6-17-2011 @ 2:30PM
This almost makes me miss the days of old. (I'll be showing my age here.)This is where freeware demos REALLY nailed it. You could download a game (sure, this was pc-based RPGs that would fit on a 5 1/4" floppy) and play it. Usually you were limited on character levels or couldn't leave the, for a lack of a better term, starting area. If you liked the game, you bought it. The guy (yeah, one person) who made the game got some cash and you got a chance to try it out first.And yes, I did actually buy a game like that one time. Somewhere around 1990 or so. :)(I think major corporations need to rethink piracy - the RIAA really shot themselves in the foot with the way they fought electronic distribution instead of embracing it. I wouldn't be surprised if some people pirated music in retaliation. Admittedly, paying $15-20 for a CD with 1-2 good songs and a bunch of filler just isn't worth it for the consumer.)
6-17-2011 @ 2:35PM
@SpriestessIsn't it fantastic? I loved playing as the Fu Manchu parody just because I loved watching his "Kill Minion" animation.I believe in supporting companies, but I also think there's an important line to draw. If I purchase a bad video game, I feel as though I'm supporting the company...in making another bad video game. Whereas when I buy a game that I know is good, I'm telilng the company, "Continue to make games like this and I will give you a blank check." That's why, despite being a huge fan of the Medal of Honor series on the PSOne and PS2...I stopped after Frontline because I rented Rising Sun and found it to be atrocious and it just seemed stale in every iteration after that. And now it's just another Modern Warfare/gun-metal and brown colored shooter?Pass.
6-17-2011 @ 2:37PM
@ The DewdNo problem, because I'm about to show mine. I absolutely LOVED the Shareware model, especially the ones that id Games used in the early nineties: you'd get to play a full third of the overall story. It was free and it was PLENTY of game. You had to pay for the second and third installments. They rarely were limited in gameplay and you got to see EVERYTHING the game had to offer you. Traffic Department 2192 and TIE Fighter were the first games I bought legitimately as a kid because I played the shareware bits, and was blown away.
6-17-2011 @ 2:47PM
@cyanea85Haha, I love that guy! I tend to play as Alexis because she's just cool. It's such a funny, unusual, and enjoyable game. And here's the thing... that game is 7 years old at this point. And it's brought me 7 years of enjoyment (off and on over that time of course). Just recently I loaded up my very old copy of Pharaoh, which is 12 years old (and now I'm showing my age too!). Something that I can use and enjoy for 10-ish years, I have no problem with paying for.I do completely understand what you mean by saying that paying for a lousy game kind of feels like supporting more dreadful games to be made. I tend to try and research games as much as I can before buying them... and get really frustrated when I mess up and buy something that turns out to be a buggy, dull, or dreadful mess.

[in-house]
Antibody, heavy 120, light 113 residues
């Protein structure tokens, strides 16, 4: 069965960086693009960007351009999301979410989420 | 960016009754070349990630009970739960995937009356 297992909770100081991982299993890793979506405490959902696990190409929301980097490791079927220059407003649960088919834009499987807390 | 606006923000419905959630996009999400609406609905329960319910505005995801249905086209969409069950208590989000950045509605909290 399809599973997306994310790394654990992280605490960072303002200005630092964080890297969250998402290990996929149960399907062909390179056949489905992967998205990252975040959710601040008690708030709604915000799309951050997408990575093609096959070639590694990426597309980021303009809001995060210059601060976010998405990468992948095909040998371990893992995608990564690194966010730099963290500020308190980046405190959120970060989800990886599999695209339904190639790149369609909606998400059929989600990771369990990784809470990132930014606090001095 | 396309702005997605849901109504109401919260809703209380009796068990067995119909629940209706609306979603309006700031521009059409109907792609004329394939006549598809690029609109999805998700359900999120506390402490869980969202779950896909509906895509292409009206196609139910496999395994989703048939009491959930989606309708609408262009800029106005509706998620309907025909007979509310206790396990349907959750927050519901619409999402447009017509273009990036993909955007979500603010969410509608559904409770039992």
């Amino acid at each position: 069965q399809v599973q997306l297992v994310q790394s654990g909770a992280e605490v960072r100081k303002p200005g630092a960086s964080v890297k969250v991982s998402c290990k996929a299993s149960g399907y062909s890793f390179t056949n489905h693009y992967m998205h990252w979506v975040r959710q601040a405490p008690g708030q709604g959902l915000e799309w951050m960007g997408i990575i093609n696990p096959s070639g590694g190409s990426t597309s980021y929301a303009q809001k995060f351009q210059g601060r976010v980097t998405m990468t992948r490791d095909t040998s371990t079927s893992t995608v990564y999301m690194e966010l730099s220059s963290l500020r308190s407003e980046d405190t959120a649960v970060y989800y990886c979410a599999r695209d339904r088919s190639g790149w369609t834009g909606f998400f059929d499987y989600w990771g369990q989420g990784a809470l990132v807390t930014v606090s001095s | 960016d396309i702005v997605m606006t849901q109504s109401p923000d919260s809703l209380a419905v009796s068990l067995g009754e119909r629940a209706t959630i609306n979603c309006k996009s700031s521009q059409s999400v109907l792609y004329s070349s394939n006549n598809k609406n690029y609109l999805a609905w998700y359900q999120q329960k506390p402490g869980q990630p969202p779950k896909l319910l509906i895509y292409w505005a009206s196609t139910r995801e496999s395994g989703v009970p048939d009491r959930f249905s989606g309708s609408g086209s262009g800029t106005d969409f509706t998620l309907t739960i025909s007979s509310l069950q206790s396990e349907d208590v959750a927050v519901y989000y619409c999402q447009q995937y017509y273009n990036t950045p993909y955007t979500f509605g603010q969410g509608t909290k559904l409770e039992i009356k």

6-17-2011 @ 4:01PM
I have an interesting rule about purchasing non-MMO games: I only purchase them after there is a fairly perfect crack available. No exceptions, no matter how much I want the game. I HATE DRM, and I won't risk getting locked out of a game I bought due to misbehaving DRM.(I mostly ignore Battle.net, Steam, and D2D due to their online DRM; as for the older Blizzard games on Battle.net without DRM, I already own all of them.)BTW, my game shelf at GOG (which sells old games without DRM for reasonable prices) is already quite nice, with at least a couple years worth of games :)
6-20-2011 @ 7:33PM
@ The DewdIf you're routinely "paying $15-20 for a CD with 1-2 good songs and a bunch of filler", maybe you're listening to the wrong 'artists' (I use the term loosely)...
First time? A confirmation email will be sent to you after submitting.
Members enter your username and password.
Enter your AOL or AIM screenname and password.
Please keep your comments relevant to this blog entry. Email addresses are never displayed, but they are required to confirm your comments.
When you enter your name and email address, you'll be sent a link to confirm your comment, and a password. To leave another comment, just use that password.
To create a live link, simply type the URL (including http://) or email address and we will make it a live link for you. You can put up to 3 URLs in your comments. Line breaks and paragraphs are automatically converted — no need to use <p> or <br /> tags.